Mr. Konstantin Penchev, Ombudsman of the Republic of Bulgaria, emphasized that despite the absence of resources, observance of human rights is a value, which should prevail over everything else. He pointed out the necessity of public control over the Bulgarian institutions and of raising the trust in them. After the upcoming signing by Bulgaria of the Optional Protocol to the Convention against Torture and other Cruel, Inhuman or Degrading Treatment or Punishment, a national preventive mechanism has to be created for the oversight of the places for detention (which include prisons, detention facilities, psychiatric clinics, alcohol rehab centers, etc). The cooperation between the Ombudsman and the non-governmental organizations could contribute to the development of this national preventive mechanism and the exercise of effective public control.
Dr. Maria Karagiozova, Chair of the Regional Court in Gotse Delchev, congratulated the authors of the report for the in depth research of the problem. She outlined the major problems of the prisons – bad material conditions and need for measures for re-socialization of the prisoners, which would protect the society from criminality. She stated that the Law on the Execution of Penalties and Detention, in force since 2009, created a good basis for cooperation between the responsible institutions and non-governmental organizations. Dr. Karagiozova shared the opinion that the judicial control should be expanded to include not only the disciplinary penalties, but also the employment, the additional creative and intellectual activity. She underlined that in the new Criminal Code draft there are changes in the system of penalties consistent with the European standards and the jurisprudence of the ECHR. Among these changes is the abolishment of the life imprisonment without parole.
Prof. Lazar Gruev, Chair of the Supreme Court of Cassation, expressed his support to the publicity the report and the discussion give to the problems of the execution of penalties. He outlined three deceptions related to the criminal law in Bulgaria: criminal law is panacea for everything, increasing the penalties would help for lowering criminality and detention during the investigation is the only effective measure for countering crime. According to him, the problems, related to the conditions in the prisons, would not be solved while both the law and the courts are continuously putting imprisonment in the center of penalties. Prof. Gruev gave examples from Germany, where the proportion between imprisonment and fine (the two major penalties in the German sanctioning system), was in favor of the second. He also argued that probation was a measure for supervision, rather than a punishment.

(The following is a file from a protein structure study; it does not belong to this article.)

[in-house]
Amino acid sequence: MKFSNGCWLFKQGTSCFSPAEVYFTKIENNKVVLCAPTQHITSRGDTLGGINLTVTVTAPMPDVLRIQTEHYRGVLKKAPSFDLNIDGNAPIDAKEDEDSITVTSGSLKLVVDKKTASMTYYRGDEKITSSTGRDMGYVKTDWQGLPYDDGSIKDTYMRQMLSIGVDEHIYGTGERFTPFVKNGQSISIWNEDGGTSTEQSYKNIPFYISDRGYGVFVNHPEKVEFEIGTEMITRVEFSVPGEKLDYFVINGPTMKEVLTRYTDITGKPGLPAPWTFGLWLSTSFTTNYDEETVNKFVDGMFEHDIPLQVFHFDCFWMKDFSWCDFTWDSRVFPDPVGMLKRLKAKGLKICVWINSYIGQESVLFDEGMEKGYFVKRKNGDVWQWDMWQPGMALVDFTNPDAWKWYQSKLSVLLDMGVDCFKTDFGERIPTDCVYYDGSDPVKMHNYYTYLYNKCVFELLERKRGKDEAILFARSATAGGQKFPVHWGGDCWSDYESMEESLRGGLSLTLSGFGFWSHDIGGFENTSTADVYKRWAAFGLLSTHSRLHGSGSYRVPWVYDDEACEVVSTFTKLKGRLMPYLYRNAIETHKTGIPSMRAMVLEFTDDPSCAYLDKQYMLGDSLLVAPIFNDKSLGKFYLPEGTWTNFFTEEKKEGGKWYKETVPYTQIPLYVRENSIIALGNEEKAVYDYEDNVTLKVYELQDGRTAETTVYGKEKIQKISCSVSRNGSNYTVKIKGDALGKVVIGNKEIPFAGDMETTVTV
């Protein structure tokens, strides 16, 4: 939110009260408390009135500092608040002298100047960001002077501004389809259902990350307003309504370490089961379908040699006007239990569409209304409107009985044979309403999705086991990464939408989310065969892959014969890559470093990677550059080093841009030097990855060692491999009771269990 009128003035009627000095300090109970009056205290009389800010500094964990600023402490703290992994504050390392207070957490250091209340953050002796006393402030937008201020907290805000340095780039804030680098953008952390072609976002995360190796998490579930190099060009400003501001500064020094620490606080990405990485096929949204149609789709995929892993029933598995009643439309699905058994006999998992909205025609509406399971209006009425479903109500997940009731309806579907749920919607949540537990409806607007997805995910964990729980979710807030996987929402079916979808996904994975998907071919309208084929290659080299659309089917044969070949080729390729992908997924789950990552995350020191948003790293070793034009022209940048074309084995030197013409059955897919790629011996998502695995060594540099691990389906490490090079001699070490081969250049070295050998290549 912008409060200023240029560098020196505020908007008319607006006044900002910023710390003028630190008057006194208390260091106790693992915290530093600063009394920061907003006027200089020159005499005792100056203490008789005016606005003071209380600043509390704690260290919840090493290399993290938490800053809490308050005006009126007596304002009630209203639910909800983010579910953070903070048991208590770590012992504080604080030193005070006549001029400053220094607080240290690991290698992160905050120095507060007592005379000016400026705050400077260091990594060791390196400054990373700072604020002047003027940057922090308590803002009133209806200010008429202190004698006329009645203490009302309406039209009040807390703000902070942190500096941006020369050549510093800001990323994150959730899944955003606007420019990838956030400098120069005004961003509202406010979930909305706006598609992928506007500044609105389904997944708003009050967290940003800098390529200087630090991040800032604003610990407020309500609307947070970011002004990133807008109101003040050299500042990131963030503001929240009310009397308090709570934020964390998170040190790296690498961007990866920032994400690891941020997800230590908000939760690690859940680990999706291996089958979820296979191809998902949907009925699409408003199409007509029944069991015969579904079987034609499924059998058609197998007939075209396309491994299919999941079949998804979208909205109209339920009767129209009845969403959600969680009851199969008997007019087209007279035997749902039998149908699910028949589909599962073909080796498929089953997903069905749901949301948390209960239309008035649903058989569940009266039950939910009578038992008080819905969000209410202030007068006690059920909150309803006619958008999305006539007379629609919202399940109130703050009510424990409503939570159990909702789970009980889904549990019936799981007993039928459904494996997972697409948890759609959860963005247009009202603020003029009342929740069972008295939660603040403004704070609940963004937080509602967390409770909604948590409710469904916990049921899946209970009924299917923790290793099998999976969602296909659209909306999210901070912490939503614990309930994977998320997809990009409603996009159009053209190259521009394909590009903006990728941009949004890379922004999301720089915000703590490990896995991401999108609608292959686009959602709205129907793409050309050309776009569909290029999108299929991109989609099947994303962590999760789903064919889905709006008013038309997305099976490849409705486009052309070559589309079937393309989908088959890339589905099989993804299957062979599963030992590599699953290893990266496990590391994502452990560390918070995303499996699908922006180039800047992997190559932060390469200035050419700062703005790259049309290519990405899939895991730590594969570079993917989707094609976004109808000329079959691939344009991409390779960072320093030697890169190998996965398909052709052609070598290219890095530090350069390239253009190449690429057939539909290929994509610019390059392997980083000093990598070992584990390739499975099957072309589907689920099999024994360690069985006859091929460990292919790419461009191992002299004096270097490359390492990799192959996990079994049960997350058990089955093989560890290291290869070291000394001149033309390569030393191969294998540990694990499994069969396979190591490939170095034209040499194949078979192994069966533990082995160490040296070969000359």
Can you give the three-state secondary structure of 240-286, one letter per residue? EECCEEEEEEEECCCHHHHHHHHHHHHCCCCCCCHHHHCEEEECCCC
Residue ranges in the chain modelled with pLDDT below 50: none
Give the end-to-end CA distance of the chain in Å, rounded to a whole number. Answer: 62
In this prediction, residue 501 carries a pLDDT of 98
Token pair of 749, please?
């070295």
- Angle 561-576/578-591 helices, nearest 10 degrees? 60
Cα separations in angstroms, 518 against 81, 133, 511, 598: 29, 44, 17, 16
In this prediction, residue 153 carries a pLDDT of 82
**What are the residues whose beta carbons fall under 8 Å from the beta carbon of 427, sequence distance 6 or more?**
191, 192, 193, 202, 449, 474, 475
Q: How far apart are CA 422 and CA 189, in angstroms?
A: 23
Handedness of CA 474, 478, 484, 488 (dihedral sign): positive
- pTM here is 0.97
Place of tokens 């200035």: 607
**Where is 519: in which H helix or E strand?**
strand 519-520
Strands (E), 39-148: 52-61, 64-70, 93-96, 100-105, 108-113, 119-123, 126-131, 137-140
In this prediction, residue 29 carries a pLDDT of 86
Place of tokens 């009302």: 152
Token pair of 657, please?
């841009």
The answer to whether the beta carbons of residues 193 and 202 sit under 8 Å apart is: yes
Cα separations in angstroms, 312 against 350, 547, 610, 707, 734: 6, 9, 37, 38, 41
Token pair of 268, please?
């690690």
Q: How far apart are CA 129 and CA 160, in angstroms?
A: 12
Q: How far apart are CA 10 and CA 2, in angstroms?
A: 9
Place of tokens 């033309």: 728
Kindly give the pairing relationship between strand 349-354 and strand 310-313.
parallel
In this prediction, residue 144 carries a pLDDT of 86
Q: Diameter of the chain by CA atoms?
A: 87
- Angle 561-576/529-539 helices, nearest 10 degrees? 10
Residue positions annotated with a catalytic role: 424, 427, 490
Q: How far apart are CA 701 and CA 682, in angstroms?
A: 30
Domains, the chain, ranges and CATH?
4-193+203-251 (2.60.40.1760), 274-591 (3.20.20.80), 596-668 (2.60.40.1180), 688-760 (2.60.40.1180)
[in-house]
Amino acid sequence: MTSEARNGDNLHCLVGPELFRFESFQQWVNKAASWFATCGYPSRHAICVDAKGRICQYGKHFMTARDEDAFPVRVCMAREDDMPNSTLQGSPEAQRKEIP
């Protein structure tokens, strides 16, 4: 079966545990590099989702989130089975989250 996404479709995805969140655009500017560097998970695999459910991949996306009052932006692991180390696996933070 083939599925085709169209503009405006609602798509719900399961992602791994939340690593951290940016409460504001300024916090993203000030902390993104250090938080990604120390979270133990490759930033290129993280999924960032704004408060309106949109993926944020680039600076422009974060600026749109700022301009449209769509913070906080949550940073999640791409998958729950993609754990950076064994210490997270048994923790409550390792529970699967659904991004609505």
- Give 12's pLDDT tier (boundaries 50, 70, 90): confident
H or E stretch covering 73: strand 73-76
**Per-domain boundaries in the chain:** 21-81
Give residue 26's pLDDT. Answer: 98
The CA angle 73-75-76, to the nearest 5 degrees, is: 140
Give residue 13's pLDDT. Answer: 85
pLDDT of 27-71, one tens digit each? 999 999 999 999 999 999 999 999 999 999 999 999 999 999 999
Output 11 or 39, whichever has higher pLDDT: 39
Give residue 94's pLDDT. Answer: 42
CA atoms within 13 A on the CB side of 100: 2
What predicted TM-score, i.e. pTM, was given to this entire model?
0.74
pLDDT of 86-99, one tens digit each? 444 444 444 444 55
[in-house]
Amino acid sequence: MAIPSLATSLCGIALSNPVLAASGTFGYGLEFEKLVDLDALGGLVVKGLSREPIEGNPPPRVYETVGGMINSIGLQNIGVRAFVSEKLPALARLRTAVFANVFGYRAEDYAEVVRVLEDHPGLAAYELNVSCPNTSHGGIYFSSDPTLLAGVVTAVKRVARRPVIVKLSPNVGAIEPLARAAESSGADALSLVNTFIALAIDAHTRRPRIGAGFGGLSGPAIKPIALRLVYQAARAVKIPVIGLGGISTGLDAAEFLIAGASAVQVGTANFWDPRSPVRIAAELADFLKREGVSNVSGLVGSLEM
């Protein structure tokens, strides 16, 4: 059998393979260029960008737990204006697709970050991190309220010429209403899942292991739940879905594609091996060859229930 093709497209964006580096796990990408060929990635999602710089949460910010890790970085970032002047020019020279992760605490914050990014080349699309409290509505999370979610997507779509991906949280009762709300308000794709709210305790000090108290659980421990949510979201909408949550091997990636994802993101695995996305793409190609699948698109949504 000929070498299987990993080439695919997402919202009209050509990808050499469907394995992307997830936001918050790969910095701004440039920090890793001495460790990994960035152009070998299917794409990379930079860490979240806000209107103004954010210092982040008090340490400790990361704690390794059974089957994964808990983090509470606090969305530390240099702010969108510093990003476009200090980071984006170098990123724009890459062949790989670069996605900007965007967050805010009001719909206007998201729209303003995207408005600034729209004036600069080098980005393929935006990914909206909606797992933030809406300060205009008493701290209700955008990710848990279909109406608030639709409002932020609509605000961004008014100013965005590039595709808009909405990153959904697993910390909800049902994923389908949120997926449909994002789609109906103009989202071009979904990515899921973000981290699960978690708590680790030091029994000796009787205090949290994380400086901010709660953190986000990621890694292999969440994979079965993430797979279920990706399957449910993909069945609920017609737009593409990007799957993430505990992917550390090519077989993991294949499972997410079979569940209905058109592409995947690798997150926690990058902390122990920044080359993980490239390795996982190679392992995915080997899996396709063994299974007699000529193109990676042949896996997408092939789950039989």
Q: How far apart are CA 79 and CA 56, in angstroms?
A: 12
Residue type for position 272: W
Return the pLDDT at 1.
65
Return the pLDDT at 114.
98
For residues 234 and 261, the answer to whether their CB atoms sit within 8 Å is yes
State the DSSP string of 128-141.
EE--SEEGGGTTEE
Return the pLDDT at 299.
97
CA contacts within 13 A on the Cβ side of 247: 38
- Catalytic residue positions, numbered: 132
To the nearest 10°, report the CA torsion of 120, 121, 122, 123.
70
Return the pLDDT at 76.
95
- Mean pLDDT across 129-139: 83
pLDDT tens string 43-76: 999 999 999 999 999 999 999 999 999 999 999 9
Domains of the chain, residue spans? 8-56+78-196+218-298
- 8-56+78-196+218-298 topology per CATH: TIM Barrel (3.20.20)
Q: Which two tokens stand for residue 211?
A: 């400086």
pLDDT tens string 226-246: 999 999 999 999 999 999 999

Mr. Hristo Angelov, Deputy Minister of Justice, explained that the problems of the places for imprisonment were due to the insufficient financing, which hinders the application of European norms for treatment of the prisoners. However he underlined the efforts of the Ministry in this direction. Low employment, according to him, is a reflection of the current situation of the whole labor market and is relared to the overall economic situation and the decreasing demand for low-skilled labor. Mr. Angelov welcomed the proposal for tax relieves for firms, which are hiring prisoners, and promised to discuss the question with the Minister of Finance.
Mr. Plamen Pachev, Prosecutor from the Supreme Prosecutor’s Office of Cassation, quoted the last report of the prosecution service and emphasized the importance of the uniform jurisprudence and the role of the interpretative decisions for the establishment of coherent case law.
Ms. Ivanka Ivanova, Director of the Law Program of the Open Society Institute objected against the two traditional explanations of the problems in the penitentiary system – the lack of money and the national mentality. She underlined that the three former governments have been operating in the condition of budgetary surpluses, but they still have not allocated any funds for the prisons. According to Ms. Ivanova, despite the fact that this government is working in condition of budgetary deficit, its priorities should be reoriented in the direction of attracting investments for the execution of penalties. Moreover, priority should be given to the investigation and effective punishment of the so called “white collar crime” instead of the most often investigated and punished petty crimes, committed by poor, illiterate and marginalized people.